...if nothing else, football is fickle in nature. A three-minute welcome interview involving a husky Portuguese voice on the charm offensive followed by five wins in seven is all it took to tame the rebels.
It was back in 2014 when a wily Scot called out one of the greatest fallacies affecting the modern game. West Hams fans, discontent with the defensive football being churned out by their side, were calling for manager Sam Allardyce to go. Sir Alex Ferguson, in what may be his punchiest response ever, hit back to defend an old chum. “I hope that before I die someone can explain the ‘West Ham way’,” he said. “What is it? They last won a trophy in 1980.”
Five years on and Ferguson’s jibe can now be applied to many within the Premier League goldfish bowl. As silly season dawns, and clubs dispense with managers faster than David Luiz does with his defensive duties. Chairmen and executives release hackneyed statements telling fans exactly what they want to hear: that their latest appointment will uphold the prestigious traditions of the club by playing attractive football and developing homegrown talent.
Despite inciting the wrath of Ferguson, the “West Ham way” is not an exclusive delusion; numerous clubs carrying a certain pedigree seek to maintain the illusion that playing offensive football is a key part of their makeup, while conveniently blotting out the years in which things didn’t exactly stick to the script.
From the “We’ve got our Arsenal back” chant to the Stretford End’s cries of “Attack, Attack, Attack”, to the exaggerated hostility that José Mourinho faced upon his appointment at Spurs, fans of the Premier League’s elite are committed to the fantasy that their club is <the> purveyor of slick, stylish football — and to go against that idea is to dishonour the club. Ultimately, fans project what they <want> their club to be, rather than accepting what they <are> at that moment in time.
Whether it was a sense of disdain towards how Mauricio Pochettino was dismissed, or the rage-inducing essence of social media, many argued the hiring of José Mourinho — one of the greatest managers of all-time José Mourinho — was to go against everything Tottenham Hotspur stood for. Some even proclaimed that it was “better to lose with Poch than to win with Mou”.
But if nothing else, football is fickle in nature. A three-minute welcome interview involving a husky Portuguese voice on the charm offensive followed by five wins in seven is all it took to tame the rebels. It’s funny how the debate about honouring a club’s DNA — another football cliché to abhor — dissipates when your left-back heads in a 91st-minute winner in the sodden Black Country.
However, was it unfair to even suggest Mourinho as a manager is the antithesis to the “Tottenham way”? Of course, the club proudly has a history of playing attacking, eye-pleasing football — but so do plenty of others in the professional pyramid. (Remember, Tottenham chose their white-and-blue strip to mimic Preston North End, the most exciting team in England at the time, at the turn of the 19th century.)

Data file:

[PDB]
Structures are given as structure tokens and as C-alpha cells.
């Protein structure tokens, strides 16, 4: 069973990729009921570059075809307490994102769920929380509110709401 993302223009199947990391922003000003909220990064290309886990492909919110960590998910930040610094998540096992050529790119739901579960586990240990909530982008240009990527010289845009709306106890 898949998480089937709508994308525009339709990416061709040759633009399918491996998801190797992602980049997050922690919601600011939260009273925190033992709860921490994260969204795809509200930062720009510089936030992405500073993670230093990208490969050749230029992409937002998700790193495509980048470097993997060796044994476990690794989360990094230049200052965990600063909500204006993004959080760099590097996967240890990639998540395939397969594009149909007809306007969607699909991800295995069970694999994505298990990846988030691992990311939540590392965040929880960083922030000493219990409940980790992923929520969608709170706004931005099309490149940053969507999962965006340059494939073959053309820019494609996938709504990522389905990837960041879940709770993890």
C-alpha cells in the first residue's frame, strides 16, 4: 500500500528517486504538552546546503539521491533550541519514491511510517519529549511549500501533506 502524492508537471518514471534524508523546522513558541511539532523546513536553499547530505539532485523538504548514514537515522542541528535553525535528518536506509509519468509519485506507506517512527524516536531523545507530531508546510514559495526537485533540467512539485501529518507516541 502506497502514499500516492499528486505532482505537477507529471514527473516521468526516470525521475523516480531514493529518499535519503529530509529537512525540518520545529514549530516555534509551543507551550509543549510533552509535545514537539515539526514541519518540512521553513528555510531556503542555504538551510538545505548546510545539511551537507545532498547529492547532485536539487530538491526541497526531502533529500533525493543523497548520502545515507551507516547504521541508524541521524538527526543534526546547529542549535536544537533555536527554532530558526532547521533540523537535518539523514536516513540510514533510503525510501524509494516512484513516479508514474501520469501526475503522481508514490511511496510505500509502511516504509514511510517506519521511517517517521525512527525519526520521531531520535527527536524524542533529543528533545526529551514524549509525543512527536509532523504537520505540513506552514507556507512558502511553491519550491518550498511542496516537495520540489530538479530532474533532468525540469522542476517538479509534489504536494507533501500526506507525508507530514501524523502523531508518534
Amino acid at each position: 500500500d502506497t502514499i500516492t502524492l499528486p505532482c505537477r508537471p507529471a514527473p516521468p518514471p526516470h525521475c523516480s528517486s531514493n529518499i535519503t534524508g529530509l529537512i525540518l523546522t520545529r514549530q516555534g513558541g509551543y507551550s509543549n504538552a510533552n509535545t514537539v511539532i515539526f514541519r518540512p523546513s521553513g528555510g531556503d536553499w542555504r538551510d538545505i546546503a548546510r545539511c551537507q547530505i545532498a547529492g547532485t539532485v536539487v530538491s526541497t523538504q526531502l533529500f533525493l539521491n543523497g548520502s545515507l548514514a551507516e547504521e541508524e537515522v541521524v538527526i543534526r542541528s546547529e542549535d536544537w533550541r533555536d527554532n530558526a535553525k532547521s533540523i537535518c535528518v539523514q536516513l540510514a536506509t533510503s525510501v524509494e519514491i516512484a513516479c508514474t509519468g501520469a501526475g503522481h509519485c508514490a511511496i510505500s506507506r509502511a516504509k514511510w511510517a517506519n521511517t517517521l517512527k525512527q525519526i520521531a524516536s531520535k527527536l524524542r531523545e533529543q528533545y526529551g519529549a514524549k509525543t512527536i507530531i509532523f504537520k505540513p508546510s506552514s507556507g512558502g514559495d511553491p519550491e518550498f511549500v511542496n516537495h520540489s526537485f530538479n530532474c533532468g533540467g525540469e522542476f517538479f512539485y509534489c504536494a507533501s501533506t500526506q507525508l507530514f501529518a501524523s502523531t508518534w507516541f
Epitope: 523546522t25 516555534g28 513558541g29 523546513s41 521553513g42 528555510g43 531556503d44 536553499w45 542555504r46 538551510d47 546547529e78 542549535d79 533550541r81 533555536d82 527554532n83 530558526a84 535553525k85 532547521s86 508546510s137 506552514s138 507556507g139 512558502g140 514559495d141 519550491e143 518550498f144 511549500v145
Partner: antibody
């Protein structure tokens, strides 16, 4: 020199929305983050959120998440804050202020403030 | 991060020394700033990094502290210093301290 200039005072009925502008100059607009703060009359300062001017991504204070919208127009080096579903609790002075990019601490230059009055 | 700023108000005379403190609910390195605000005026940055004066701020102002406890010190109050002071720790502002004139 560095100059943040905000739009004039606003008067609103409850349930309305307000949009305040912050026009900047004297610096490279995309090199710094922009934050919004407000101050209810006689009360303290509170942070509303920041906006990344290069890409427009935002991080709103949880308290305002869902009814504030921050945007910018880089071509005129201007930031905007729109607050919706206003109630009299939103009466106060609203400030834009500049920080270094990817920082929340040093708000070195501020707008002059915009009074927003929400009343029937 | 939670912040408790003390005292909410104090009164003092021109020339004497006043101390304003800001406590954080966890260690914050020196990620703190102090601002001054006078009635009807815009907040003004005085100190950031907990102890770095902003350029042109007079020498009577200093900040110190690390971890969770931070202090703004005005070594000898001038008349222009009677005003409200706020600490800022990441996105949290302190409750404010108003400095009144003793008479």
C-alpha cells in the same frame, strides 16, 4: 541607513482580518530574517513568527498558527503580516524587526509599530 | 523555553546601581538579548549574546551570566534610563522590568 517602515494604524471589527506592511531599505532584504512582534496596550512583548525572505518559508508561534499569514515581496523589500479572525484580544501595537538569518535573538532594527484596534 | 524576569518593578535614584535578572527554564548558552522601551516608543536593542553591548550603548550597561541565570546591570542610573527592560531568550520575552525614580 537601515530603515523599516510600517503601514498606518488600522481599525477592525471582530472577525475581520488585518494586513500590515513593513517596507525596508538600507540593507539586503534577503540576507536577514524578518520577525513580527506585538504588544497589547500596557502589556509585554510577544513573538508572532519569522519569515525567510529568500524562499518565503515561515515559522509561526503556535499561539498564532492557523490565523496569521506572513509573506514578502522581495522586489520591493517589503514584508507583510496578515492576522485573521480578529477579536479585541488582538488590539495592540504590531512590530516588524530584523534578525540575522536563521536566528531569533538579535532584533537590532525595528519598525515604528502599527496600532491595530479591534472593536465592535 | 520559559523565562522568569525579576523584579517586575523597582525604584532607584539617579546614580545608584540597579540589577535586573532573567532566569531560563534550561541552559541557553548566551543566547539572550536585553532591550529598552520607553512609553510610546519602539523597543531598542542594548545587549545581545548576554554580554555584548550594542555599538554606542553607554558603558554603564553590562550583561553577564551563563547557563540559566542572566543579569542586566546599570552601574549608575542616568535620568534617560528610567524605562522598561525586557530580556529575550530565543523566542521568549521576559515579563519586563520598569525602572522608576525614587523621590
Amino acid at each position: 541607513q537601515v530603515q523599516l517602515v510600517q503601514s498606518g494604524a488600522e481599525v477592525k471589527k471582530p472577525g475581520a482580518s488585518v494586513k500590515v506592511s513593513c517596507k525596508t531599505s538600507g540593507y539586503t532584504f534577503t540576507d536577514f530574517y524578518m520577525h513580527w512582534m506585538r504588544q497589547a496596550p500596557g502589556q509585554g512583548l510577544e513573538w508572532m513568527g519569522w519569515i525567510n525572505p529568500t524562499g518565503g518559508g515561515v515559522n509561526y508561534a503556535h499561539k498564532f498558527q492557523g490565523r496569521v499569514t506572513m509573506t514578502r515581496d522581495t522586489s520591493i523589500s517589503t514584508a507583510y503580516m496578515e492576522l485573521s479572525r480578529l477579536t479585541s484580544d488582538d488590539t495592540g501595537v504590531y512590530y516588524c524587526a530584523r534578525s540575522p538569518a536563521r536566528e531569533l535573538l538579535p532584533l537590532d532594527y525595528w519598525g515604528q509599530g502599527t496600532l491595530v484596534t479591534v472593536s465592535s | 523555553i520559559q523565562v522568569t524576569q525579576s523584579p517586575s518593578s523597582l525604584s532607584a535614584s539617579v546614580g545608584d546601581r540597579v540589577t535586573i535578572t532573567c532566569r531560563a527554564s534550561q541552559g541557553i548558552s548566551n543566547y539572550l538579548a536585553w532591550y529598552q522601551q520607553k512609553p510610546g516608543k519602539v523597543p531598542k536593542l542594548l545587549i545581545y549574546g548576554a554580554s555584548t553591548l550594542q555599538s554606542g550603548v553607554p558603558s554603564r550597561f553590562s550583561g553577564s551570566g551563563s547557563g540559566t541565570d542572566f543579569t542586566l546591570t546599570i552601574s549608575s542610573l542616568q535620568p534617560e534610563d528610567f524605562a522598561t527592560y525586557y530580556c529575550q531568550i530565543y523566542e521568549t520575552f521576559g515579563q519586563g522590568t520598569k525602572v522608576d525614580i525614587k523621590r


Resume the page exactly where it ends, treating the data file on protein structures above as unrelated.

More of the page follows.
As fans then, we can be guilty of letting nostalgia take over: Roger Lloyd-Pack’s spine-tingling pre-match monologue speaks of Nicholson, Blanchflower and Greaves, but let’s not forget we are also Zamora, Thatcher and Santini too. You can’t have one without the other; the echoes of glory are nothing without the mediocrity that followed. So then, who are we to consider ourselves above one of the greatest minds in the game because of a warped sense of history and tradition?
And still, it was this history and tradition, before Mauricio Pochettino, that translated to a team pretty on the eye but a pussycat in a dogfight; a team with a soft underbelly that would go out of its way to shoot itself in the foot when the finish line was in sight. There’s a reason why Pochettino will always be cherished by supporters of the club: not because he maintained the Tottenham identity, but that he redefined it entirely.
In the Midlands on Sunday, Mourinho’s Tottenham were no doubt lacking in push-and-run panache, but who’s to say the performance wasn’t worthy of pride? The team were disciplined, committed, focused and kept battling on despite the opposition’s unrelenting attacks. And although many would argue Mourinho and Pochettino’s footballing philosophies are polar opposites, the win at Molineux had shades of the last-minute wins of the 2014-’15 season against West Ham, Aston Villa, Hull City and Swansea. Scrappy, exhausting, rewarding.
But enthralling football is the order of the day in 2019 thanks to Pep Guardiola’s Manchester City — a freakish anomaly in that they merge sublime football with winning trophies. And this is further intensified for Tottenham fans who have grown up on the philosophy of “the great fallacy is that the game is first and last about winning”. They won’t accept substance without style — and that has to be admired.
Yet, there’s one Bill Nicholson quote you won’t see plastered around the new stadium. “If you don’t win anything, you have had a bad season,” the great man once said. I’m sure José Mourinho, as well as Sir Alex Ferguson, would agree with that sentiment entirely.